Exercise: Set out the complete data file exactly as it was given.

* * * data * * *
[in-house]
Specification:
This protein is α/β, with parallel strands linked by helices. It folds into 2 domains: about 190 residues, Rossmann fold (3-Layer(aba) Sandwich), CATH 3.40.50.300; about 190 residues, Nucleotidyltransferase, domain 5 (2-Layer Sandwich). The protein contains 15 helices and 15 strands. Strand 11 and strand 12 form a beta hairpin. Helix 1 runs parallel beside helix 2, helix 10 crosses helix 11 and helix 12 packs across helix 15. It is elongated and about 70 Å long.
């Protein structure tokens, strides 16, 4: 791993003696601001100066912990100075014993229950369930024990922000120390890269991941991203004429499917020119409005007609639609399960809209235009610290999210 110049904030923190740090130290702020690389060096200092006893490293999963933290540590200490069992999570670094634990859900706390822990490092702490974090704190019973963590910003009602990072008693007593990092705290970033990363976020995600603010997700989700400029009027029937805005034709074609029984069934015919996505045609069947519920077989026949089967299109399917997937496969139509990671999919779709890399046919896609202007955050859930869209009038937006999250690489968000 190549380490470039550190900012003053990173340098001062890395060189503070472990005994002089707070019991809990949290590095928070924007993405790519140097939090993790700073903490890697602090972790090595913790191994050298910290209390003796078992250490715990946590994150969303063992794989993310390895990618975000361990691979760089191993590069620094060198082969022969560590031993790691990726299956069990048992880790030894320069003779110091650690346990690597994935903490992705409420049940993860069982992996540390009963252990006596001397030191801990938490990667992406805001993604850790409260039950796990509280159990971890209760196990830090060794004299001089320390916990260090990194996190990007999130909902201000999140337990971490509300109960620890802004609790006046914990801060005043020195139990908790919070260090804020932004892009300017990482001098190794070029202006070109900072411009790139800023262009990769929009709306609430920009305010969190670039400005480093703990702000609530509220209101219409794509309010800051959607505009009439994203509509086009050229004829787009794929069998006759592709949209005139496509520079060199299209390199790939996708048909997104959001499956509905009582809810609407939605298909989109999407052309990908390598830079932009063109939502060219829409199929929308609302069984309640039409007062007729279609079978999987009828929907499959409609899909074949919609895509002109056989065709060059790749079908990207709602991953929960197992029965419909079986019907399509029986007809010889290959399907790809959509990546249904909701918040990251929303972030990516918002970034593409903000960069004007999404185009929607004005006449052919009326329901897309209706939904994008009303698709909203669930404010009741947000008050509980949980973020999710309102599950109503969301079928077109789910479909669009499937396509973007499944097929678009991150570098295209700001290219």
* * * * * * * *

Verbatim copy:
[in-house]
Specification:
This protein is α/β, with parallel strands linked by helices. It folds into 2 domains: about 190 residues, Rossmann fold (3-Layer(aba) Sandwich), CATH 3.40.50.300; about 190 residues, Nucleotidyltransferase, domain 5 (2-Layer Sandwich). The protein contains 15 helices and 15 strands. Strand 11 and strand 12 form a beta hairpin. Helix 1 runs parallel beside helix 2, helix 10 crosses helix 11 and helix 12 packs across helix 15. It is elongated and about 70 Å long.
């Protein structure tokens, strides 16, 4: 791993003696601001100066912990100075014993229950369930024990922000120390890269991941991203004429499917020119409005007609639609399960809209235009610290999210 110049904030923190740090130290702020690389060096200092006893490293999963933290540590200490069992999570670094634990859900706390822990490092702490974090704190019973963590910003009602990072008693007593990092705290970033990363976020995600603010997700989700400029009027029937805005034709074609029984069934015919996505045609069947519920077989026949089967299109399917997937496969139509990671999919779709890399046919896609202007955050859930869209009038937006999250690489968000 190549380490470039550190900012003053990173340098001062890395060189503070472990005994002089707070019991809990949290590095928070924007993405790519140097939090993790700073903490890697602090972790090595913790191994050298910290209390003796078992250490715990946590994150969303063992794989993310390895990618975000361990691979760089191993590069620094060198082969022969560590031993790691990726299956069990048992880790030894320069003779110091650690346990690597994935903490992705409420049940993860069982992996540390009963252990006596001397030191801990938490990667992406805001993604850790409260039950796990509280159990971890209760196990830090060794004299001089320390916990260090990194996190990007999130909902201000999140337990971490509300109960620890802004609790006046914990801060005043020195139990908790919070260090804020932004892009300017990482001098190794070029202006070109900072411009790139800023262009990769929009709306609430920009305010969190670039400005480093703990702000609530509220209101219409794509309010800051959607505009009439994203509509086009050229004829787009794929069998006759592709949209005139496509520079060199299209390199790939996708048909997104959001499956509905009582809810609407939605298909989109999407052309990908390598830079932009063109939502060219829409199929929308609302069984309640039409007062007729279609079978999987009828929907499959409609899909074949919609895509002109056989065709060059790749079908990207709602991953929960197992029965419909079986019907399509029986007809010889290959399907790809959509990546249904909701918040990251929303972030990516918002970034593409903000960069004007999404185009929607004005006449052919009326329901897309209706939904994008009303698709909203669930404010009741947000008050509980949980973020999710309102599950109503969301079928077109789910479909669009499937396509973007499944097929678009991150570098295209700001290219």